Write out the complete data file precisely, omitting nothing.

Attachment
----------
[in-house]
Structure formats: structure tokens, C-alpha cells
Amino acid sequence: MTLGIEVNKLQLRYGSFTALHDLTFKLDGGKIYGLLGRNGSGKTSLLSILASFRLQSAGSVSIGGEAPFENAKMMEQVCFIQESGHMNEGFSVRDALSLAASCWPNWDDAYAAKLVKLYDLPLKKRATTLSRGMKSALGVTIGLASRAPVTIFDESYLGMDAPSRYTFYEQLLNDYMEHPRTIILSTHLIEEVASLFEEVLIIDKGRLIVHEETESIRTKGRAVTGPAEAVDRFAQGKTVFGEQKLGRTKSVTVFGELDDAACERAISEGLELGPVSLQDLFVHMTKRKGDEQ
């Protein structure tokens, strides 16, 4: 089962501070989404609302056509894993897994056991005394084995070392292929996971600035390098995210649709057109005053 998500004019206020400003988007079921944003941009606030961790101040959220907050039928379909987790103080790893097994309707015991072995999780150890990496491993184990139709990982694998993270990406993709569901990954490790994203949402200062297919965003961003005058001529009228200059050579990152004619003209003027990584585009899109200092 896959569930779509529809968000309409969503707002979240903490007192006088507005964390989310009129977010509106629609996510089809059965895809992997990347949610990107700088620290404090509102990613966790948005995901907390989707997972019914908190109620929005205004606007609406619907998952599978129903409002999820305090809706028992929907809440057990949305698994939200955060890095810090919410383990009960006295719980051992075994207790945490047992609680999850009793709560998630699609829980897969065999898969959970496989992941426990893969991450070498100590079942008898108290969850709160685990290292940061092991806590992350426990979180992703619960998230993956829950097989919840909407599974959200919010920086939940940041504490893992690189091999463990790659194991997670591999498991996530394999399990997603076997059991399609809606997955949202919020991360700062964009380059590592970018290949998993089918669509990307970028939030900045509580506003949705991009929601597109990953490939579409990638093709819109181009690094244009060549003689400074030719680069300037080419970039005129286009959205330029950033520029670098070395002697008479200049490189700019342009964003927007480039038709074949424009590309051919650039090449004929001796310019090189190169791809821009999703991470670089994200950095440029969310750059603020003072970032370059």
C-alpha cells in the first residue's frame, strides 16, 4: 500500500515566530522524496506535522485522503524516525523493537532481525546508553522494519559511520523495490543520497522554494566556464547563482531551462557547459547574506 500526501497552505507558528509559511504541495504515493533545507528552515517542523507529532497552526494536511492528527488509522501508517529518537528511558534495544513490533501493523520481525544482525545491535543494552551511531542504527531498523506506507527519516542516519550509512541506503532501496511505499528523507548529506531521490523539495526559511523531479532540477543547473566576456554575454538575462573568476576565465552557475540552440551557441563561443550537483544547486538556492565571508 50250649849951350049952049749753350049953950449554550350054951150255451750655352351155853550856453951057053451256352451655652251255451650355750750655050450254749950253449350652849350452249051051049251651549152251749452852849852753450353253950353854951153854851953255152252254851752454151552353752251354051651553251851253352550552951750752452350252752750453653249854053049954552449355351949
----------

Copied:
[in-house]
Structure formats: structure tokens, C-alpha cells
Amino acid sequence: MTLGIEVNKLQLRYGSFTALHDLTFKLDGGKIYGLLGRNGSGKTSLLSILASFRLQSAGSVSIGGEAPFENAKMMEQVCFIQESGHMNEGFSVRDALSLAASCWPNWDDAYAAKLVKLYDLPLKKRATTLSRGMKSALGVTIGLASRAPVTIFDESYLGMDAPSRYTFYEQLLNDYMEHPRTIILSTHLIEEVASLFEEVLIIDKGRLIVHEETESIRTKGRAVTGPAEAVDRFAQGKTVFGEQKLGRTKSVTVFGELDDAACERAISEGLELGPVSLQDLFVHMTKRKGDEQ
């Protein structure tokens, strides 16, 4: 089962501070989404609302056509894993897994056991005394084995070392292929996971600035390098995210649709057109005053 998500004019206020400003988007079921944003941009606030961790101040959220907050039928379909987790103080790893097994309707015991072995999780150890990496491993184990139709990982694998993270990406993709569901990954490790994203949402200062297919965003961003005058001529009228200059050579990152004619003209003027990584585009899109200092 896959569930779509529809968000309409969503707002979240903490007192006088507005964390989310009129977010509106629609996510089809059965895809992997990347949610990107700088620290404090509102990613966790948005995901907390989707997972019914908190109620929005205004606007609406619907998952599978129903409002999820305090809706028992929907809440057990949305698994939200955060890095810090919410383990009960006295719980051992075994207790945490047992609680999850009793709560998630699609829980897969065999898969959970496989992941426990893969991450070498100590079942008898108290969850709160685990290292940061092991806590992350426990979180992703619960998230993956829950097989919840909407599974959200919010920086939940940041504490893992690189091999463990790659194991997670591999498991996530394999399990997603076997059991399609809606997955949202919020991360700062964009380059590592970018290949998993089918669509990307970028939030900045509580506003949705991009929601597109990953490939579409990638093709819109181009690094244009060549003689400074030719680069300037080419970039005129286009959205330029950033520029670098070395002697008479200049490189700019342009964003927007480039038709074949424009590309051919650039090449004929001796310019090189190169791809821009999703991470670089994200950095440029969310750059603020003072970032370059």
C-alpha cells in the first residue's frame, strides 16, 4: 500500500515566530522524496506535522485522503524516525523493537532481525546508553522494519559511520523495490543520497522554494566556464547563482531551462557547459547574506 500526501497552505507558528509559511504541495504515493533545507528552515517542523507529532497552526494536511492528527488509522501508517529518537528511558534495544513490533501493523520481525544482525545491535543494552551511531542504527531498523506506507527519516542516519550509512541506503532501496511505499528523507548529506531521490523539495526559511523531479532540477543547473566576456554575454538575462573568476576565465552557475540552440551557441563561443550537483544547486538556492565571508 50250649849951350049952049749753350049953950449554550350054951150255451750655352351155853550856453951057053451256352451655652251255451650355750750655050450254749950253449350652849350452249051051049251651549152251749452852849852753450353253950353854951153854851953255152252254851752454151552353752251354051651553251851253352550552951750752452350252752750453653249854053049954552449355351949